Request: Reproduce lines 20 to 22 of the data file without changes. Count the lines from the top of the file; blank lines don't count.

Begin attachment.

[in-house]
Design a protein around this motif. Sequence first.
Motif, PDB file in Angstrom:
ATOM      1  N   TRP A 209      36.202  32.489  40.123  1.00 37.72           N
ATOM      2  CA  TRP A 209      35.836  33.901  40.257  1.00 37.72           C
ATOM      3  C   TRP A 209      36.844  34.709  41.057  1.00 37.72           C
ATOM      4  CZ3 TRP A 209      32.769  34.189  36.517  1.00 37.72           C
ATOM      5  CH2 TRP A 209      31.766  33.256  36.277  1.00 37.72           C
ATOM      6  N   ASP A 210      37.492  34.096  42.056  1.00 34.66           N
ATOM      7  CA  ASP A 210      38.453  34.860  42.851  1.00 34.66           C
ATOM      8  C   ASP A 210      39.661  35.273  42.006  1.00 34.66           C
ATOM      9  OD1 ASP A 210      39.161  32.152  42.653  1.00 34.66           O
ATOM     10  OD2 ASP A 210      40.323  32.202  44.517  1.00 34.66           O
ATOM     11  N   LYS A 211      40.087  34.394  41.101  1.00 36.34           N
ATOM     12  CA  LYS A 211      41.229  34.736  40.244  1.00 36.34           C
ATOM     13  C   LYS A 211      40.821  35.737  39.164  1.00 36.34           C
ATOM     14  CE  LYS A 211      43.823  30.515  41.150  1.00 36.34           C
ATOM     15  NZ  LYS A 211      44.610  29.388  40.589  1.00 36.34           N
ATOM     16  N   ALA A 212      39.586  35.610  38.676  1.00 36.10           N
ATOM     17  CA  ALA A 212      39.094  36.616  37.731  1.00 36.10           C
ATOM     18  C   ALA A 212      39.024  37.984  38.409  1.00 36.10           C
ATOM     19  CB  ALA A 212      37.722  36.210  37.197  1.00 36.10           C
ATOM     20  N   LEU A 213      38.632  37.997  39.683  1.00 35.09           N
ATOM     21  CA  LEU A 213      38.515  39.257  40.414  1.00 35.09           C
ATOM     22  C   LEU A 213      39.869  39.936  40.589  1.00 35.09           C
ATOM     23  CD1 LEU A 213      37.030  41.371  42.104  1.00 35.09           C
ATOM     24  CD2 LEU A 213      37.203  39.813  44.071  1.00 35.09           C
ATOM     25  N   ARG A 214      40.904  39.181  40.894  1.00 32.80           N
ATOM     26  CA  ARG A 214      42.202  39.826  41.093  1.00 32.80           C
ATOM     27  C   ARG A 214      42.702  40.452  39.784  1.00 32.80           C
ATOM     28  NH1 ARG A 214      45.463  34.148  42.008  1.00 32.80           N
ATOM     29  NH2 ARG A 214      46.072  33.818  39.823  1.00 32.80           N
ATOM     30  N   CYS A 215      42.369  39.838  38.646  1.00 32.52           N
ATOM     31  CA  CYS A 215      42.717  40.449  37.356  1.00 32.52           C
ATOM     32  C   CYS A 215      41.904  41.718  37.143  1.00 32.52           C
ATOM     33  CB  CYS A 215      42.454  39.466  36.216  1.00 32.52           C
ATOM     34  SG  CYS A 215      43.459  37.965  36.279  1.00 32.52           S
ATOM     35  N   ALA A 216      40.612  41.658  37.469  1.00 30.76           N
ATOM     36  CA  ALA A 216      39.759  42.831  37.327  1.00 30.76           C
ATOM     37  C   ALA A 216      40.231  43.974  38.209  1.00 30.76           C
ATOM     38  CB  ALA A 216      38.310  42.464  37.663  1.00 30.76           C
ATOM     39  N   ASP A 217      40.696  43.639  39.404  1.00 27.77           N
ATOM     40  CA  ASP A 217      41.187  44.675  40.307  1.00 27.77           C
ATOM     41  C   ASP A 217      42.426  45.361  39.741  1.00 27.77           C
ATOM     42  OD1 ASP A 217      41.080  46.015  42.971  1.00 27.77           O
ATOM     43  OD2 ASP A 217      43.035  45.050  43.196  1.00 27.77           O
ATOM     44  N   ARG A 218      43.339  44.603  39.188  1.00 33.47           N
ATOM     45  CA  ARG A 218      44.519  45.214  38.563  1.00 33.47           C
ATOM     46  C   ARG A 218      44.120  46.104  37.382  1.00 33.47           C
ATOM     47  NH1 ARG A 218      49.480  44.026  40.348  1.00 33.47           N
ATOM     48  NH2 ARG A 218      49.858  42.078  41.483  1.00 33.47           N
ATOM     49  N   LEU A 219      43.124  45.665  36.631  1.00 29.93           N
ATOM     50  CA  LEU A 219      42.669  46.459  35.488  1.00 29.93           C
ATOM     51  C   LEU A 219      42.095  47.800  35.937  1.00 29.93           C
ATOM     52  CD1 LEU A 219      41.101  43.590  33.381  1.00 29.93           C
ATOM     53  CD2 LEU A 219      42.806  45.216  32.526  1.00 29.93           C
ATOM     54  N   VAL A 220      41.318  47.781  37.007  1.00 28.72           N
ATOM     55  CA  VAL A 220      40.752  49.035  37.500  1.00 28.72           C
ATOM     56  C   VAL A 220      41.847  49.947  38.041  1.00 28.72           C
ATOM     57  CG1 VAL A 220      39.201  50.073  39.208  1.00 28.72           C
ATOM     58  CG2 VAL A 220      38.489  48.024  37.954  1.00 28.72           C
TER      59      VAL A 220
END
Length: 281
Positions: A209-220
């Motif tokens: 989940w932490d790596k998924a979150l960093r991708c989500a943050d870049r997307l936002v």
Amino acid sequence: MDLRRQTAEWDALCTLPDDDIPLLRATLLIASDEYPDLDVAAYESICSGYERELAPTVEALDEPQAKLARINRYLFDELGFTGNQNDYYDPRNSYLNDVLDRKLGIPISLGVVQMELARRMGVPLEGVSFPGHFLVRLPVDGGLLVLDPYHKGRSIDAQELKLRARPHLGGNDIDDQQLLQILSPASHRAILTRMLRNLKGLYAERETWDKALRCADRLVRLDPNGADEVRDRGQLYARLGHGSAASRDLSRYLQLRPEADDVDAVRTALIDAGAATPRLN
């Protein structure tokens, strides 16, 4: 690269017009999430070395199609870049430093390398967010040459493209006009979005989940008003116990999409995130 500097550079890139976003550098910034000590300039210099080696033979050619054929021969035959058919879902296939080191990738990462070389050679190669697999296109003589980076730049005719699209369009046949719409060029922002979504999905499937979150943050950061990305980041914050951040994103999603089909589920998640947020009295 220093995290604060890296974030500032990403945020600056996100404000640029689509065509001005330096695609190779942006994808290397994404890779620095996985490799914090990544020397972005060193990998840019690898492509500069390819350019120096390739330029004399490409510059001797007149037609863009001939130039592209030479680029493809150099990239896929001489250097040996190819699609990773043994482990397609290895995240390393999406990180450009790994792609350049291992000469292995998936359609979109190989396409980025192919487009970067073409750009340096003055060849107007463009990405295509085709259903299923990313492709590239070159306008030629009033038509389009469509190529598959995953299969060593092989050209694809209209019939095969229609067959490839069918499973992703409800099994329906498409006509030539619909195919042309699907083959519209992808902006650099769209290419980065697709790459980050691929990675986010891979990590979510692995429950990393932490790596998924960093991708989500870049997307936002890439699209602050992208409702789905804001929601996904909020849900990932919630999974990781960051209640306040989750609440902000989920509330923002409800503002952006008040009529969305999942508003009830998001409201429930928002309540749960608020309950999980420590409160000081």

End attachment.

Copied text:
ATOM     17  CA  ALA A 212      39.094  36.616  37.731  1.00 36.10           C
ATOM     18  C   ALA A 212      39.024  37.984  38.409  1.00 36.10           C
ATOM     19  CB  ALA A 212      37.722  36.210  37.197  1.00 36.10           C